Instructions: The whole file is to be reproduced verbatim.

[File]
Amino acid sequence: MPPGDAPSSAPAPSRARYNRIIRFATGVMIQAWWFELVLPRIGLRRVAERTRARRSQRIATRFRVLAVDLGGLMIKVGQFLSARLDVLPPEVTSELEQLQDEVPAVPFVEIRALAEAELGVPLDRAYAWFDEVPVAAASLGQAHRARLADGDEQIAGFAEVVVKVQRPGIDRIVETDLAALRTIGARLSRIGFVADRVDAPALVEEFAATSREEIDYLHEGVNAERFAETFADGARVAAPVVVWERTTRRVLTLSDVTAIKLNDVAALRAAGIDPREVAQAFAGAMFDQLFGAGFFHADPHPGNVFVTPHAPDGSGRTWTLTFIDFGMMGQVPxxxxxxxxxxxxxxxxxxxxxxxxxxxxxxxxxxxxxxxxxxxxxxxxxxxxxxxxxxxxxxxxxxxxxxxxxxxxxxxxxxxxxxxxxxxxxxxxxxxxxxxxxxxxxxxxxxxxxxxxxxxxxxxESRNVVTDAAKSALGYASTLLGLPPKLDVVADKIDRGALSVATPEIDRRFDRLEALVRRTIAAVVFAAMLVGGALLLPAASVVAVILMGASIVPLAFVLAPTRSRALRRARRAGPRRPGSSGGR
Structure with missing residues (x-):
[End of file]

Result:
Amino acid sequence: MPPGDAPSSAPAPSRARYNRIIRFATGVMIQAWWFELVLPRIGLRRVAERTRARRSQRIATRFRVLAVDLGGLMIKVGQFLSARLDVLPPEVTSELEQLQDEVPAVPFVEIRALAEAELGVPLDRAYAWFDEVPVAAASLGQAHRARLADGDEQIAGFAEVVVKVQRPGIDRIVETDLAALRTIGARLSRIGFVADRVDAPALVEEFAATSREEIDYLHEGVNAERFAETFADGARVAAPVVVWERTTRRVLTLSDVTAIKLNDVAALRAAGIDPREVAQAFAGAMFDQLFGAGFFHADPHPGNVFVTPHAPDGSGRTWTLTFIDFGMMGQVPxxxxxxxxxxxxxxxxxxxxxxxxxxxxxxxxxxxxxxxxxxxxxxxxxxxxxxxxxxxxxxxxxxxxxxxxxxxxxxxxxxxxxxxxxxxxxxxxxxxxxxxxxxxxxxxxxxxxxxxxxxxxxxxESRNVVTDAAKSALGYASTLLGLPPKLDVVADKIDRGALSVATPEIDRRFDRLEALVRRTIAAVVFAAMLVGGALLLPAASVVAVILMGASIVPLAFVLAPTRSRALRRARRAGPRRPGSSGGR
Structure with missing residues (x-):